Hysteroscopy is a minimally invasive surgical procedure to examine the inside of the uterus. Hysteroscopy is done by inserting a visualizing scope (hysteroscope) through the vagina and into the cervical opening. Hysteroscopy permits a view of the inside of the uterus, which also includes the openings to the Fallopian tubes, as well as a direct examination of the cervix, cervical canal, and vagina.
Hysterolaparoscopy is a practice performed with two telescopes, one is a hysteroscope, that is inserted into the cervix and the uterine cavity and the other one is a laparoscope which is inserted into the abdominal cavity via a small hole in the umbilicus. This procedure is performed under anesthesia and is generally diagnostic, however, occasionally it may be used for a short operative procedure as well.
A hysteroscopy may be done to:
Examine symptoms or problems: The procedure can be done to investigate the symptoms like:
Diagnose conditions: such as fibroids and polyps (non-cancerous growths in the womb)
Treatment of conditions: The procedure can be done to treat several conditions like removing fibroids, polyps, displaced intrauterine devices (IUDs) and intrauterine adhesions (scar tissue which can cause absent periods and decreased fertility)
The procedure usually takes between 5 and 30 minutes. During the procedure, you lie on a couch with your legs held in supports, a device is known as speculum may be inserted into your vagina to hold it open. Then, vagina and cervix are cleaned with the use of an antiseptic solution. A hysteroscope, which is a long, thin tube containing a light and camera is passed into your womb. You may feel a little cramping and discomfort when it passes through your cervix. Then, fluid or gas is gently pumped into your womb to make it possible for your doctor to observe inside. The camera provides images to a monitor so your doctor may spot any abnormalities. Sometimes, a sample of tissue from your womb lining may be taken for further testing. The process is known as an endometrial biopsy. If you're having a hysteroscopy for the treatment of certain conditions like fibroids or polyps, fine surgical devices can be passed along the hysteroscope. These may be used to cut or burn away the abnormal tissue.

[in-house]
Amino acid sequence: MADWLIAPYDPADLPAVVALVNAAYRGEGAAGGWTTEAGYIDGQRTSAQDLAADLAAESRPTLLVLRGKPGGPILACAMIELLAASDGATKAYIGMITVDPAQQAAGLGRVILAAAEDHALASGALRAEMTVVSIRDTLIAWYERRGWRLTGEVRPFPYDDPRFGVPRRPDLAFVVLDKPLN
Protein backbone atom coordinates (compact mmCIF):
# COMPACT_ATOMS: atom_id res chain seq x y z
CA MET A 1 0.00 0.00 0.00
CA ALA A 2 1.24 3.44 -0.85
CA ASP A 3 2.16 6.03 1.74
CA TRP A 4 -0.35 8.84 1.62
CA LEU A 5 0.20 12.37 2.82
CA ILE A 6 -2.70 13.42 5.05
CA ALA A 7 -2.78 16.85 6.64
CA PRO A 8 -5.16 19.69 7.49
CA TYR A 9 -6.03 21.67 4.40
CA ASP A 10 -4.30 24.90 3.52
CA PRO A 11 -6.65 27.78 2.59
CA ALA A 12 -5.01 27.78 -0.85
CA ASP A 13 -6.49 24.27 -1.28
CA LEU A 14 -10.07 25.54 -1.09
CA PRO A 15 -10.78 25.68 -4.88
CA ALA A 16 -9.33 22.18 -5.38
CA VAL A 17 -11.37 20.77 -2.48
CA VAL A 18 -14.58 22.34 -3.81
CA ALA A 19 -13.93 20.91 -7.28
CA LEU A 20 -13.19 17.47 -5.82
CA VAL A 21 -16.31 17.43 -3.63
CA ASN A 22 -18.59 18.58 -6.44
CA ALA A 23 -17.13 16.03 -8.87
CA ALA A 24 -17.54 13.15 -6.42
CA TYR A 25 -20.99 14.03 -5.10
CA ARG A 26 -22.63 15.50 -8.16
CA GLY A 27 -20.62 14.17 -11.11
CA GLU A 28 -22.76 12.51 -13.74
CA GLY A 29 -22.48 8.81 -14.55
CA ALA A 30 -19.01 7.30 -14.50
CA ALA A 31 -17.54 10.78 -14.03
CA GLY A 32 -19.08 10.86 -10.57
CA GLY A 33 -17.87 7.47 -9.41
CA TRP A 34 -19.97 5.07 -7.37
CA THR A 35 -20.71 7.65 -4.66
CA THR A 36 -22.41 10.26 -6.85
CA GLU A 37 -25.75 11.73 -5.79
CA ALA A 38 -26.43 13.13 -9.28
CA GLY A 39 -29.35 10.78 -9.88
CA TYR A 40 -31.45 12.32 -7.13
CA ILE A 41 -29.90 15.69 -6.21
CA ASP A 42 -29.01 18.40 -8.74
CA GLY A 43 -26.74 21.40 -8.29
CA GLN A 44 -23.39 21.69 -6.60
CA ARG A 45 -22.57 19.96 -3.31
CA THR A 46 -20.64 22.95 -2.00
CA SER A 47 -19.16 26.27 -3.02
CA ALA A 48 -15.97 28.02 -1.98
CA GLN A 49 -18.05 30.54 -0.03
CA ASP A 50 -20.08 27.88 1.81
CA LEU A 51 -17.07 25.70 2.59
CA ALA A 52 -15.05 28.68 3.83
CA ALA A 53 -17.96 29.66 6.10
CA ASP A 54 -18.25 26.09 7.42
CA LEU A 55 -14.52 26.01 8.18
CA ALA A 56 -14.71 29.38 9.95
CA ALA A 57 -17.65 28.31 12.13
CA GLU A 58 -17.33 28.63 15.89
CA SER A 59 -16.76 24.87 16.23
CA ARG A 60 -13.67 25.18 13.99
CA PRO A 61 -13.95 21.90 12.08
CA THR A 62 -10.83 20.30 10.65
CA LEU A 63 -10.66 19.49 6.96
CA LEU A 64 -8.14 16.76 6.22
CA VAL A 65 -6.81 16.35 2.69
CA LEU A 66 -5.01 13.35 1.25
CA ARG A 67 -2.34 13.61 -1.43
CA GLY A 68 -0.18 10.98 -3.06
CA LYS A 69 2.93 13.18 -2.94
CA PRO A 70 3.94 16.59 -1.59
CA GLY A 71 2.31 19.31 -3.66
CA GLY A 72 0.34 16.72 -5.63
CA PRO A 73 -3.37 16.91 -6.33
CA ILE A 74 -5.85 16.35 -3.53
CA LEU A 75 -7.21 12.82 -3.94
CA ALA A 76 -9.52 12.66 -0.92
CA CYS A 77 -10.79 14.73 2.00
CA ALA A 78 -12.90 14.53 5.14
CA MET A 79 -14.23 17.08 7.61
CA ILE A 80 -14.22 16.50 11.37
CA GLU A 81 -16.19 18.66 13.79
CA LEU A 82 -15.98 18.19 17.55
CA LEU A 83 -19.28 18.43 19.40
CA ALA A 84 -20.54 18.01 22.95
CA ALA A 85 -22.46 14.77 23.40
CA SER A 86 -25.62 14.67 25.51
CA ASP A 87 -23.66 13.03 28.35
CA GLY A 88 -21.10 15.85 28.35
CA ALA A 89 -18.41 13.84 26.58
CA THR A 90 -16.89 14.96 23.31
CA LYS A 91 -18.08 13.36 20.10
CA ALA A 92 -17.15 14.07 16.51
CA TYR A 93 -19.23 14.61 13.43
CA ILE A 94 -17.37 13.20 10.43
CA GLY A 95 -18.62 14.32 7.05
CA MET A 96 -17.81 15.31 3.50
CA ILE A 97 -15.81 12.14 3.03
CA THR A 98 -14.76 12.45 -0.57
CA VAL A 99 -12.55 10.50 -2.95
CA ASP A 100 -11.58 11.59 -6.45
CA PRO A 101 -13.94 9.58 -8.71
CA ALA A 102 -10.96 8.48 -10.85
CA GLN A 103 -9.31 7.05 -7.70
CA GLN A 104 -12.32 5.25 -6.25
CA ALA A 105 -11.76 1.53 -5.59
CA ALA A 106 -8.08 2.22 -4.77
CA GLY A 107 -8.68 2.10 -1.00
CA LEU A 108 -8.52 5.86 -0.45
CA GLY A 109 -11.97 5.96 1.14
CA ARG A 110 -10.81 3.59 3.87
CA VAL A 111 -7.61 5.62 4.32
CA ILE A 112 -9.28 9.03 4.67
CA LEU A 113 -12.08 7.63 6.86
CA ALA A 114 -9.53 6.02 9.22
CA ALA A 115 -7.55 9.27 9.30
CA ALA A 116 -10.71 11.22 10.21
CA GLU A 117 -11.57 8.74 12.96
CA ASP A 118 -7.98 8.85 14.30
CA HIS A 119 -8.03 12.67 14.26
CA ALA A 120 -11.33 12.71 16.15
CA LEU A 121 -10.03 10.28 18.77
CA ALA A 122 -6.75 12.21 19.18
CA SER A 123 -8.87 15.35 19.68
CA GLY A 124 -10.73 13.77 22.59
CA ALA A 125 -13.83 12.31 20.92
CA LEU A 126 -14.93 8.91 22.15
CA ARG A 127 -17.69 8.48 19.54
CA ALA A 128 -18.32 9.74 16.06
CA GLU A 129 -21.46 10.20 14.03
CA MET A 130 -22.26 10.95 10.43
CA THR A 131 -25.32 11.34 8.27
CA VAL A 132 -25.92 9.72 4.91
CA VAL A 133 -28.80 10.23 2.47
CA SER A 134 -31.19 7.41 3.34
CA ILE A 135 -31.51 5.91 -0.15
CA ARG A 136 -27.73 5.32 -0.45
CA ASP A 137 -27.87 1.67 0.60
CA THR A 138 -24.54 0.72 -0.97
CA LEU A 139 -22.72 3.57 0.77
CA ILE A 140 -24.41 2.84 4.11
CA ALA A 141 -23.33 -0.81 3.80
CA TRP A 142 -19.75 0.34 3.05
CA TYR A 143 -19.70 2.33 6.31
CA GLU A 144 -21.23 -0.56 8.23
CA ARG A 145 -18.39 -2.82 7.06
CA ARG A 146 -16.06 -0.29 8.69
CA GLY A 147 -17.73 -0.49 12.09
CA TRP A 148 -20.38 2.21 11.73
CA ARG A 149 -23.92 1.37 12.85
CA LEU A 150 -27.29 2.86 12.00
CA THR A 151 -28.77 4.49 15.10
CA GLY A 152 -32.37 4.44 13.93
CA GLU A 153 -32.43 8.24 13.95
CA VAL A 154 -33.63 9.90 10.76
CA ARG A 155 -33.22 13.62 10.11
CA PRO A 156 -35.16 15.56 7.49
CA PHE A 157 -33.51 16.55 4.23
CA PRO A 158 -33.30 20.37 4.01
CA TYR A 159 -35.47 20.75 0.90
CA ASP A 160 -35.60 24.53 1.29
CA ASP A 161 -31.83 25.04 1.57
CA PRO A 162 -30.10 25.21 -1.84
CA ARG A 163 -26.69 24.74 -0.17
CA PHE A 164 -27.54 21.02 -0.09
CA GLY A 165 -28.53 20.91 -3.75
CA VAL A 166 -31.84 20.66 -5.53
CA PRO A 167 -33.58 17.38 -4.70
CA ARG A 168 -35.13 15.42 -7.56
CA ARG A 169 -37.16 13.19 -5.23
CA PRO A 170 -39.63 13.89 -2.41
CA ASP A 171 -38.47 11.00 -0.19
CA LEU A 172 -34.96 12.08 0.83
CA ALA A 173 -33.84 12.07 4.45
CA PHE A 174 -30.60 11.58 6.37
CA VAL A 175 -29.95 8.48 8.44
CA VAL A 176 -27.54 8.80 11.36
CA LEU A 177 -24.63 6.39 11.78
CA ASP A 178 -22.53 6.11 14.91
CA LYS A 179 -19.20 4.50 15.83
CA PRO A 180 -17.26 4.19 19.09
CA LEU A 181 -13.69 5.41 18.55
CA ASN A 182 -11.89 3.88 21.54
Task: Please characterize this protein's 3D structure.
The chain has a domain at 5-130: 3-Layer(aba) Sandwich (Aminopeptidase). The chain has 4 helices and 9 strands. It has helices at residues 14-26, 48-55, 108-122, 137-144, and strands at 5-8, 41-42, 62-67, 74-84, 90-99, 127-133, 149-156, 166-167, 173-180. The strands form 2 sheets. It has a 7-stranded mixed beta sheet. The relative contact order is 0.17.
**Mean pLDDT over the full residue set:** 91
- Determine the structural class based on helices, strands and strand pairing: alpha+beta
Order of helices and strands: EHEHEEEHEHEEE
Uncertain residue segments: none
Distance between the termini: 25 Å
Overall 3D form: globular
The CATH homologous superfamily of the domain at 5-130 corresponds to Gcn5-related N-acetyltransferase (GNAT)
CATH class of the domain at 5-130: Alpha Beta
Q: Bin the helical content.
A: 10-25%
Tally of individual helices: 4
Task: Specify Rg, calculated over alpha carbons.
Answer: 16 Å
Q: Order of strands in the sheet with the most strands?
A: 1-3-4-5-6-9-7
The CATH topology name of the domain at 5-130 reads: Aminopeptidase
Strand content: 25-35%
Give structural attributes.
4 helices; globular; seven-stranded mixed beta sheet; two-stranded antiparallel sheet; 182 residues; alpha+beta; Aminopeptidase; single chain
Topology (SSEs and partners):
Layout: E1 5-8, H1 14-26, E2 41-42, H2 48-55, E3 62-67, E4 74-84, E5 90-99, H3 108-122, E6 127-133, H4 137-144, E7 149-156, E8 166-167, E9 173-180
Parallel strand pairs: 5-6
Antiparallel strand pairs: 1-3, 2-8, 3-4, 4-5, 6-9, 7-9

A hysteroscopy is usually a safe procedure, but, like any procedure, there is a little risk of complications. The risk is greater for women who have the treatment during a hysteroscopy. Some of the risks related with a hysteroscopy are:
Damage to the womb: Rare, and it may require treatment with antibiotics or, in rare cases, another procedure to repair it
Damage to the cervix: This is rare and can be easily repaired
Excess bleeding during or after surgery: This may occur if you had treatment under general anesthetic and can be treated with medicines or another procedure; in very rare cases, it may be required to remove the womb (hysterectomy)
Infection of the womb: It may cause smelly vaginal discharge, heavy bleeding, and a fever and it can normally be treated with a short course of antibiotics.
Consultant - Laparoscopic & General Surgery
Senior Consultant - General & Laparoscopic Surgeon
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